WEDNESDAY, April 6 (HealthDay News) -- The U.S. health care
system is in need of a major overhaul, according to 72 percent of
American adults who took part in a national survey.
That opinion reflects respondents' concerns about lack of access
to health care, poor coordination of care and increasing costs,
according to researchers at the Commonwealth Fund, which released
the survey results Wednesday.
The survey found that 71 percent of participants said they had
trouble gaining access to needed health care, including being
unable to get timely doctors' appointments or advice from their
doctors on the phone, or receiving after-hours care without going
to a hospital emergency department.
More than half (54 percent) said they'd received wasteful care
and 47 percent said they had experienced poorly coordinated care.
About 20 percent said they or a family member suffered an infection
or complication as a result of medical care, or said that a health
care provider made a medical or surgical error.
For most, the future of health care seems uncertain, with 74
percent of respondents saying they're worried they won't receive
high-quality care when they need it, or that they won't be able to
afford their medical bills if they suffer a serious health
"It's not surprising that people worry about the future, given the problems they are currently experiencing in the health care system," Cathy Schoen, report co-author and Commonwealth Fund senior vice president, said in a foundation news release.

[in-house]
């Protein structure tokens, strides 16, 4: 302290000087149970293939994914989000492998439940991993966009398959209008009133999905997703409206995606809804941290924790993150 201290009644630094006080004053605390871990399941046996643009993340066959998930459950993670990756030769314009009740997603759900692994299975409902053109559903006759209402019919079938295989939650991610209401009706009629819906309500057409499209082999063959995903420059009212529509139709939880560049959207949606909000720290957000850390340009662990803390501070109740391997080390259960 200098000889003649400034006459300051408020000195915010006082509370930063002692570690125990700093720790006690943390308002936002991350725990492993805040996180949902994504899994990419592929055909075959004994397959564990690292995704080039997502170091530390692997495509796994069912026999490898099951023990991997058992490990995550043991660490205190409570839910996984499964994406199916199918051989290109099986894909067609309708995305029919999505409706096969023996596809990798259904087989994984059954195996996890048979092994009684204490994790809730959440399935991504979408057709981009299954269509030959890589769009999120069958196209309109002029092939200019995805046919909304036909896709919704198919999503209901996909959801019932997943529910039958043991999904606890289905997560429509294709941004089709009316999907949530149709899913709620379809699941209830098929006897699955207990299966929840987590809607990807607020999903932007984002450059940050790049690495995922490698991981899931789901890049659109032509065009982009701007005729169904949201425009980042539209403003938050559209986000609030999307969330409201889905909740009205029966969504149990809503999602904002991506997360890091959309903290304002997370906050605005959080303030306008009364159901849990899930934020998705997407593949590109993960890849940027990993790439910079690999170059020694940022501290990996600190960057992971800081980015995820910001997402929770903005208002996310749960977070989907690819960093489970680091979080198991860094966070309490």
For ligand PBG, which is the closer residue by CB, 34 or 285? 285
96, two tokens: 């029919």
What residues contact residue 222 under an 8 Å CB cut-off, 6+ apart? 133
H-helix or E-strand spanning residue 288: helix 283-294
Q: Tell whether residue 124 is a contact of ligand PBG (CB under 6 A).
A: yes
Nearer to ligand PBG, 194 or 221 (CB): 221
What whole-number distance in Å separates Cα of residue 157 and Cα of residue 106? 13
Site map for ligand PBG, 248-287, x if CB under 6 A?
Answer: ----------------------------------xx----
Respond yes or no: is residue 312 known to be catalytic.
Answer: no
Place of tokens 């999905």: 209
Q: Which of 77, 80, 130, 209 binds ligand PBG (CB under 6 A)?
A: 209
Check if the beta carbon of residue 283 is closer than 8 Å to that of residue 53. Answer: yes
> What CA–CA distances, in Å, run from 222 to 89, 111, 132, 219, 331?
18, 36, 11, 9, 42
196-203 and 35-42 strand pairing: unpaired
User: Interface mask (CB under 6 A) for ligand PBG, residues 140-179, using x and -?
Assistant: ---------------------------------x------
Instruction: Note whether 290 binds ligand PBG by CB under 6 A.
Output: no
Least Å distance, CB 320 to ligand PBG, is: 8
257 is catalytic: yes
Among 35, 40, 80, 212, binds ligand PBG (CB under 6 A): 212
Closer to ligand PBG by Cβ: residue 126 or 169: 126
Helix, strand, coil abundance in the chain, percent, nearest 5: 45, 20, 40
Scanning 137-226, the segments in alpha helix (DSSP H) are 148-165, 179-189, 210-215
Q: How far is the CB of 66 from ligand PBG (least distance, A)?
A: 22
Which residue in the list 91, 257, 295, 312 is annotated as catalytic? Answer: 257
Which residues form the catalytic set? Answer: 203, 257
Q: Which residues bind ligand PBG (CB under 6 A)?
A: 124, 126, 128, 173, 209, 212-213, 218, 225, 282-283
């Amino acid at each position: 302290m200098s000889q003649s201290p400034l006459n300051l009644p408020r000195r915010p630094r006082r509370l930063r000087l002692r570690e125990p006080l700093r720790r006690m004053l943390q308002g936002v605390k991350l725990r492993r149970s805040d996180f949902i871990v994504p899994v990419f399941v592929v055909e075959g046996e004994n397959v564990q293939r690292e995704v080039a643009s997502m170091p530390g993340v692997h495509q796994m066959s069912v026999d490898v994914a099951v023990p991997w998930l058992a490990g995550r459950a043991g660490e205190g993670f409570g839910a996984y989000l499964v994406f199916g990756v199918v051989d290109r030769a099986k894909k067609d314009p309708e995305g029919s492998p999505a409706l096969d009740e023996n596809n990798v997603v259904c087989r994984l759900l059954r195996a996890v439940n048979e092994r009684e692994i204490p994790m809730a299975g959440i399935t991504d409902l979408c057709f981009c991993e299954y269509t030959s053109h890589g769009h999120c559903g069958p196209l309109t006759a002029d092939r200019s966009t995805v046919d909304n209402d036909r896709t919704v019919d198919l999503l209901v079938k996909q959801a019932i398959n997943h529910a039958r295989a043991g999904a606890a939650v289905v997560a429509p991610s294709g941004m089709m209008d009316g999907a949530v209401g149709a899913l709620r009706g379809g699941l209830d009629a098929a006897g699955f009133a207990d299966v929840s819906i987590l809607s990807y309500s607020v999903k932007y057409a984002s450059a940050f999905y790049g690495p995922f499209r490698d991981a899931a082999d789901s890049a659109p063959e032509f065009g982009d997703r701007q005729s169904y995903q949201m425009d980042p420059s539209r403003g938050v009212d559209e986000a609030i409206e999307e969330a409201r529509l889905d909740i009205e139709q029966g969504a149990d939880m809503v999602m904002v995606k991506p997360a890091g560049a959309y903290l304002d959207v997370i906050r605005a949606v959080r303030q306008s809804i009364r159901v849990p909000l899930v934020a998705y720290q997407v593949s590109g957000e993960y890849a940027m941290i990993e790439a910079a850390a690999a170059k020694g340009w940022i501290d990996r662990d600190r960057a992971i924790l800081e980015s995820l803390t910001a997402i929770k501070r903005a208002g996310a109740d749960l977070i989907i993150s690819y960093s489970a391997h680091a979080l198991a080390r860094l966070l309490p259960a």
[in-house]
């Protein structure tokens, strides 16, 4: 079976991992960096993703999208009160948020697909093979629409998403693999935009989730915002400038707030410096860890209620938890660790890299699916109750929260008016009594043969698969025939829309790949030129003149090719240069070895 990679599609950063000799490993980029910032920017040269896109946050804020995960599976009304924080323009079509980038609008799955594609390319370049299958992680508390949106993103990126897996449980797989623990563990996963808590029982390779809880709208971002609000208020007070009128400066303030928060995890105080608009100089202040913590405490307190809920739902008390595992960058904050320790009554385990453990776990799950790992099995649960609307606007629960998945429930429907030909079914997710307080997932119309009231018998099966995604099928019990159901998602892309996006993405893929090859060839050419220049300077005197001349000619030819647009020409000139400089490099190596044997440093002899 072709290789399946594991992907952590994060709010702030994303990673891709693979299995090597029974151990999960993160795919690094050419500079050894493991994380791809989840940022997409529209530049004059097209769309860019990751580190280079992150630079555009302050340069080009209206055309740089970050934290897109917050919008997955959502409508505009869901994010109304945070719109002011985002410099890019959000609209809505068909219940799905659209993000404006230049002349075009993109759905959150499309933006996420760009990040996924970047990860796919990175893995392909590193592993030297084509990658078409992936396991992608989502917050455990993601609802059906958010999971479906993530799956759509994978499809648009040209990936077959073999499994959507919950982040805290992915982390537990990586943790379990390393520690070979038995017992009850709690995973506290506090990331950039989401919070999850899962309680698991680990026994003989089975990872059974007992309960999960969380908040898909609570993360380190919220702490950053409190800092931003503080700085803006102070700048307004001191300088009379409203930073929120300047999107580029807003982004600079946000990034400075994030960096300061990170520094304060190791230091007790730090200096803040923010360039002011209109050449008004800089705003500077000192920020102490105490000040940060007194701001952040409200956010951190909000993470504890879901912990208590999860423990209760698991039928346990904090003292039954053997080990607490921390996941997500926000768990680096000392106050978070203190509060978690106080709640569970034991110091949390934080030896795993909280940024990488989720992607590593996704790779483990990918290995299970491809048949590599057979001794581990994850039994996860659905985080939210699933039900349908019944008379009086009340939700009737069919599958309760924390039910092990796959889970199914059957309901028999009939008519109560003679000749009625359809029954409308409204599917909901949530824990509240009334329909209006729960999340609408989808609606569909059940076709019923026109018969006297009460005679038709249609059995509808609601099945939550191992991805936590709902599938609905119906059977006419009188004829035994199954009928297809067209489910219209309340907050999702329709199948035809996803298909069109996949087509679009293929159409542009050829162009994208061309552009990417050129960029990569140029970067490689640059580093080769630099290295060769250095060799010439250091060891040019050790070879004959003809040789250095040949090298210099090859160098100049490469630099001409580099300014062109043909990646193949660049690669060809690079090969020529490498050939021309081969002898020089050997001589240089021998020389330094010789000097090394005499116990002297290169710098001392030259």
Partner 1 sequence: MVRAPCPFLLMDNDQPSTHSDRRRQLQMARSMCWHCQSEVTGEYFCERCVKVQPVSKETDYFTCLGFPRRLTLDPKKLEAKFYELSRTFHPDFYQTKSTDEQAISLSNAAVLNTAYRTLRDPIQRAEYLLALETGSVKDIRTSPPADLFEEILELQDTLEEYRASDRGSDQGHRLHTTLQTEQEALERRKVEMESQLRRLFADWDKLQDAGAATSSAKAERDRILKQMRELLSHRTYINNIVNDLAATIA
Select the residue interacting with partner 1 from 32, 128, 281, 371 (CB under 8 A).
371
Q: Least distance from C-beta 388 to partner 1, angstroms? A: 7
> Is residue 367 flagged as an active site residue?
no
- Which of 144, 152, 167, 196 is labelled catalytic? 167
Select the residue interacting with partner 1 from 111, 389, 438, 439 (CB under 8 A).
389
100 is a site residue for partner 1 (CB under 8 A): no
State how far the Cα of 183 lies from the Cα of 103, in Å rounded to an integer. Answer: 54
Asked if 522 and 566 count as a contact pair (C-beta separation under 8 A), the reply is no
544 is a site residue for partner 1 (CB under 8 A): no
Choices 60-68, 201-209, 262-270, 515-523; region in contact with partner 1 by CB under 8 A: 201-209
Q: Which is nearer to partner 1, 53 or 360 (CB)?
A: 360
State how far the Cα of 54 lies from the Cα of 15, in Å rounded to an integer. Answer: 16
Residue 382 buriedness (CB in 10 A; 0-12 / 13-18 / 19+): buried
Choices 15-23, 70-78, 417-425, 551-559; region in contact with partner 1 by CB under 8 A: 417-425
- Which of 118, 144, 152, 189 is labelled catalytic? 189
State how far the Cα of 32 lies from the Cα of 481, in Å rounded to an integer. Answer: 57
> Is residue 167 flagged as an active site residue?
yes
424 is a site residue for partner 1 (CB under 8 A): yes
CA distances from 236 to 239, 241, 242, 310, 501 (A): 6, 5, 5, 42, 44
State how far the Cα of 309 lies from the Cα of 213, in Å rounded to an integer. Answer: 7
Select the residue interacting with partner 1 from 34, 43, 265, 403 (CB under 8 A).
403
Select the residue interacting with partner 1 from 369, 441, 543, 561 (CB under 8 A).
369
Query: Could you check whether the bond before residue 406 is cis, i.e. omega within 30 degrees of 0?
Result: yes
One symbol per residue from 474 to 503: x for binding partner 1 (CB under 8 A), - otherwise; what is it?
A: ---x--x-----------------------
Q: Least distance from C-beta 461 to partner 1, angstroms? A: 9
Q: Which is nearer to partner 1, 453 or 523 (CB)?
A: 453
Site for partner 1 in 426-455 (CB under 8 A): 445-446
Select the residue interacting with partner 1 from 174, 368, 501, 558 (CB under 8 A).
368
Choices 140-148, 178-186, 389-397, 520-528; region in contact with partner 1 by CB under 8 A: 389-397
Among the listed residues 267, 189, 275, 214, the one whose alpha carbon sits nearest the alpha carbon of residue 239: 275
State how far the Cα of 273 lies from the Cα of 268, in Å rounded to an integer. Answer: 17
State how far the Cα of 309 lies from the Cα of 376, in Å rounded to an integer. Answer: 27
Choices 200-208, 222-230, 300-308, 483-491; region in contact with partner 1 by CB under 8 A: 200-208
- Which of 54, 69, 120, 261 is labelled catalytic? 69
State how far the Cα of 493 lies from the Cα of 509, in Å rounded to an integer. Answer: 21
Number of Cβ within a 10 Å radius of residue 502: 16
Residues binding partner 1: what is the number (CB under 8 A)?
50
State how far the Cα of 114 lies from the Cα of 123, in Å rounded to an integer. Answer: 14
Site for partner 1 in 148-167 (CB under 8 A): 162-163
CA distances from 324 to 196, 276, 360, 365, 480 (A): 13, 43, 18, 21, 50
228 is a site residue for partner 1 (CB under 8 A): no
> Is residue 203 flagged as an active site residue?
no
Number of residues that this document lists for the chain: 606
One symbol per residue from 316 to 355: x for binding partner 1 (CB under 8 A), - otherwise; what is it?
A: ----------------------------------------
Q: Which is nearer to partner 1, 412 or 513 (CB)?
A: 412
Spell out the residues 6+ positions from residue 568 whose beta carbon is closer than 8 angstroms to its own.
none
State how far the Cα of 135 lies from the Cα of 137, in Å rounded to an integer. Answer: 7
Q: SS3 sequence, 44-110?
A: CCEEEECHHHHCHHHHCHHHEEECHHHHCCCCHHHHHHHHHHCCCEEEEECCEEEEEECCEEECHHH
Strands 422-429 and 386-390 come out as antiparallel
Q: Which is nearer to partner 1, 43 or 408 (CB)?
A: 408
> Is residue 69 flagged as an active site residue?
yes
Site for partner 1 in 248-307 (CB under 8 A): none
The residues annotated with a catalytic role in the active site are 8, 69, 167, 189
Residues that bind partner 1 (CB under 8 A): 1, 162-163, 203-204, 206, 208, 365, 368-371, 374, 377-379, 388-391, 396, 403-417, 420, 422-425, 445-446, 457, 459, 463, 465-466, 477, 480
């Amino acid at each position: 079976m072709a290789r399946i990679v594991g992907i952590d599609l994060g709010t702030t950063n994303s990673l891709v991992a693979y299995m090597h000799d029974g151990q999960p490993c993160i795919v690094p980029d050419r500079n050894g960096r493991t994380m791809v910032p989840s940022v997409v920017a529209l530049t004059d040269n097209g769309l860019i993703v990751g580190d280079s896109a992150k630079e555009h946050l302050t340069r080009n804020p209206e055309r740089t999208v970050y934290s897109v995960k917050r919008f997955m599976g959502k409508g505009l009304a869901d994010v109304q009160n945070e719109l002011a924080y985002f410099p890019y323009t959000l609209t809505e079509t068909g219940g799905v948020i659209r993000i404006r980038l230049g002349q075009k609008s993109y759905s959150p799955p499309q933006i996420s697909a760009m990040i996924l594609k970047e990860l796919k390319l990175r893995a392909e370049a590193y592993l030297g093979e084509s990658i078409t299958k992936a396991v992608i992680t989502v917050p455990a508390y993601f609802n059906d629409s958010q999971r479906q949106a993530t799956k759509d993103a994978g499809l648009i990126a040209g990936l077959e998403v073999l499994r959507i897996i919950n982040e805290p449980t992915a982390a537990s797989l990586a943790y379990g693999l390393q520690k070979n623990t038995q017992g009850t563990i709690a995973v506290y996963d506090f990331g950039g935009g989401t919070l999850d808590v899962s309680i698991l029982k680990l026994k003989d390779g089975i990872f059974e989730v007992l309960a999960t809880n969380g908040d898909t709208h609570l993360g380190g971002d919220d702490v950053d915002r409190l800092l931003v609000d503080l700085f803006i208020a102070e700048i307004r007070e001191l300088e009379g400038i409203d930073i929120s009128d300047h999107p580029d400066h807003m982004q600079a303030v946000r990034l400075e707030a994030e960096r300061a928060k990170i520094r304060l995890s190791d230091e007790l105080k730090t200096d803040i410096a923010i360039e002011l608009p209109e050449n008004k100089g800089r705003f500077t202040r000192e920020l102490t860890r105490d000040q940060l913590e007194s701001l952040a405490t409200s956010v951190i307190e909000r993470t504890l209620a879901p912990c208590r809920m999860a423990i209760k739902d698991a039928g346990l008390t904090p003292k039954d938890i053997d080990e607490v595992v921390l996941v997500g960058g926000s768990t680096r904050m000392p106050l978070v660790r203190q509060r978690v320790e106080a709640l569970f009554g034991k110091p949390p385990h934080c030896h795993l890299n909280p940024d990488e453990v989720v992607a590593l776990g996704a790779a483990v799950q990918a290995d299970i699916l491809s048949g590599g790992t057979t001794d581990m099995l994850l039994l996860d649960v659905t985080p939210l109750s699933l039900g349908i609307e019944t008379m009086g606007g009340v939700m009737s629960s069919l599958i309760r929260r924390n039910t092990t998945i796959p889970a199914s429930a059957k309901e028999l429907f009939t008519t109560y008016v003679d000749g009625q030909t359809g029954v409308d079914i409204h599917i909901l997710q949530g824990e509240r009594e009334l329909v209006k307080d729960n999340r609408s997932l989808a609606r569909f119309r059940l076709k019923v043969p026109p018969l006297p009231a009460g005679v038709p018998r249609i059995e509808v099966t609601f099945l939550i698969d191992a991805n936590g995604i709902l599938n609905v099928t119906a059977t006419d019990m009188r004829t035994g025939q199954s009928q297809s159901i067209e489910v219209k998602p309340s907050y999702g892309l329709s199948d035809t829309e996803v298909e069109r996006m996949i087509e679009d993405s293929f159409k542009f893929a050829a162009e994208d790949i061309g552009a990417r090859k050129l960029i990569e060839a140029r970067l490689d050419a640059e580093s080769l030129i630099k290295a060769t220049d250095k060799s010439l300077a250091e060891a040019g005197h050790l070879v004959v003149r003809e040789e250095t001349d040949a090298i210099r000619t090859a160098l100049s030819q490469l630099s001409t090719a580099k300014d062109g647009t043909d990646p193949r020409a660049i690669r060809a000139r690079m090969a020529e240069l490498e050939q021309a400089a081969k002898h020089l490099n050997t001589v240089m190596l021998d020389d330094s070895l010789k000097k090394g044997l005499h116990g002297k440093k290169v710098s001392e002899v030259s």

"Health care is too often unaffordable, hard to get when needed, and wasteful or poorly coordinated. The good news is that the Affordable Care Act is focused on addressing many of these issues, with provisions encouraging the kind of health care people want -- care that is affordable, accessible, patient-centered and well-coordinated, with clinicians working together in teams," she explained.
The survey also found that 88 percent of participants want their
doctors to use electronic medical records and 92 percent believe
it's important or very important for doctors to share information
electronically with other doctors. Many respondents said they want
to use technology to manage their own health care -- such as making
appointments online or having access to their medical records --
but for now, only 14 percent of those with Internet access can get
their medical records online and only 20 percent can schedule
appointments electronically or email their doctors.
The U.S. Agency for Healthcare Research and Quality offers a
guide to health care quality.